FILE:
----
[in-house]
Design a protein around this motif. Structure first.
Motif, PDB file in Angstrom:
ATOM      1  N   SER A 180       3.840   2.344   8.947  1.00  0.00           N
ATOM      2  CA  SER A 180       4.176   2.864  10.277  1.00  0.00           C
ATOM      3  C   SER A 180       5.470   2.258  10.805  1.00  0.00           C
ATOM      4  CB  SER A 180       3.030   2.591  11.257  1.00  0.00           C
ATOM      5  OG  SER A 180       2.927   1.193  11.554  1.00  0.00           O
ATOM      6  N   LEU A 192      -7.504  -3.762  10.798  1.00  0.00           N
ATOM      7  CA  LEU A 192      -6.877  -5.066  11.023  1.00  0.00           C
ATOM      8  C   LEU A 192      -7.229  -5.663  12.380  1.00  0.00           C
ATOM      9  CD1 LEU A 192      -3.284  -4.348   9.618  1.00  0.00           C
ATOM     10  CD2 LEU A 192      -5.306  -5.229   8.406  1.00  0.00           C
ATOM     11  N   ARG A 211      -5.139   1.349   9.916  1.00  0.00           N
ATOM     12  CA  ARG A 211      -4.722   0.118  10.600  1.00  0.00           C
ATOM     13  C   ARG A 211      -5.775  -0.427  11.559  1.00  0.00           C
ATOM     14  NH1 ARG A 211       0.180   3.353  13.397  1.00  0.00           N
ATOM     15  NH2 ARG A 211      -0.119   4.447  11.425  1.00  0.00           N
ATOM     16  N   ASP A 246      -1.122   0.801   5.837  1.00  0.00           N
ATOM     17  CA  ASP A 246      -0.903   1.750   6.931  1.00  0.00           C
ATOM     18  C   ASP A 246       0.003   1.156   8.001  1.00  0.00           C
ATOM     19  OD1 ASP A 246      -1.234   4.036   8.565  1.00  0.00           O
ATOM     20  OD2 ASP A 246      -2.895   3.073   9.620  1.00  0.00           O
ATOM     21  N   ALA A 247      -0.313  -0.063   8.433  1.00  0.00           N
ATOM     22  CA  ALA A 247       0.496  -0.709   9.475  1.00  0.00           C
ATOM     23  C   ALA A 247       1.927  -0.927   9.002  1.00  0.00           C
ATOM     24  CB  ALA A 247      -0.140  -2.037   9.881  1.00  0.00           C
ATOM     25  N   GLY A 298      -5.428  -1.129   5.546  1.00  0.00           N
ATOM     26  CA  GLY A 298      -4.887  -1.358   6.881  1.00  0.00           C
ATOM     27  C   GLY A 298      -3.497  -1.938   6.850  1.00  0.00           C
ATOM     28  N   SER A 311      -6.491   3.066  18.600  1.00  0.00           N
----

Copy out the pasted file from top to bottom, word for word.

[in-house]
Design a protein around this motif. Structure first.
Motif, PDB file in Angstrom:
ATOM      1  N   SER A 180       3.840   2.344   8.947  1.00  0.00           N
ATOM      2  CA  SER A 180       4.176   2.864  10.277  1.00  0.00           C
ATOM      3  C   SER A 180       5.470   2.258  10.805  1.00  0.00           C
ATOM      4  CB  SER A 180       3.030   2.591  11.257  1.00  0.00           C
ATOM      5  OG  SER A 180       2.927   1.193  11.554  1.00  0.00           O
ATOM      6  N   LEU A 192      -7.504  -3.762  10.798  1.00  0.00           N
ATOM      7  CA  LEU A 192      -6.877  -5.066  11.023  1.00  0.00           C
ATOM      8  C   LEU A 192      -7.229  -5.663  12.380  1.00  0.00           C
ATOM      9  CD1 LEU A 192      -3.284  -4.348   9.618  1.00  0.00           C
ATOM     10  CD2 LEU A 192      -5.306  -5.229   8.406  1.00  0.00           C
ATOM     11  N   ARG A 211      -5.139   1.349   9.916  1.00  0.00           N
ATOM     12  CA  ARG A 211      -4.722   0.118  10.600  1.00  0.00           C
ATOM     13  C   ARG A 211      -5.775  -0.427  11.559  1.00  0.00           C
ATOM     14  NH1 ARG A 211       0.180   3.353  13.397  1.00  0.00           N
ATOM     15  NH2 ARG A 211      -0.119   4.447  11.425  1.00  0.00           N
ATOM     16  N   ASP A 246      -1.122   0.801   5.837  1.00  0.00           N
ATOM     17  CA  ASP A 246      -0.903   1.750   6.931  1.00  0.00           C
ATOM     18  C   ASP A 246       0.003   1.156   8.001  1.00  0.00           C
ATOM     19  OD1 ASP A 246      -1.234   4.036   8.565  1.00  0.00           O
ATOM     20  OD2 ASP A 246      -2.895   3.073   9.620  1.00  0.00           O
ATOM     21  N   ALA A 247      -0.313  -0.063   8.433  1.00  0.00           N
ATOM     22  CA  ALA A 247       0.496  -0.709   9.475  1.00  0.00           C
ATOM     23  C   ALA A 247       1.927  -0.927   9.002  1.00  0.00           C
ATOM     24  CB  ALA A 247      -0.140  -2.037   9.881  1.00  0.00           C
ATOM     25  N   GLY A 298      -5.428  -1.129   5.546  1.00  0.00           N
ATOM     26  CA  GLY A 298      -4.887  -1.358   6.881  1.00  0.00           C
ATOM     27  C   GLY A 298      -3.497  -1.938   6.850  1.00  0.00           C
ATOM     28  N   SER A 311      -6.491   3.066  18.600  1.00  0.00           N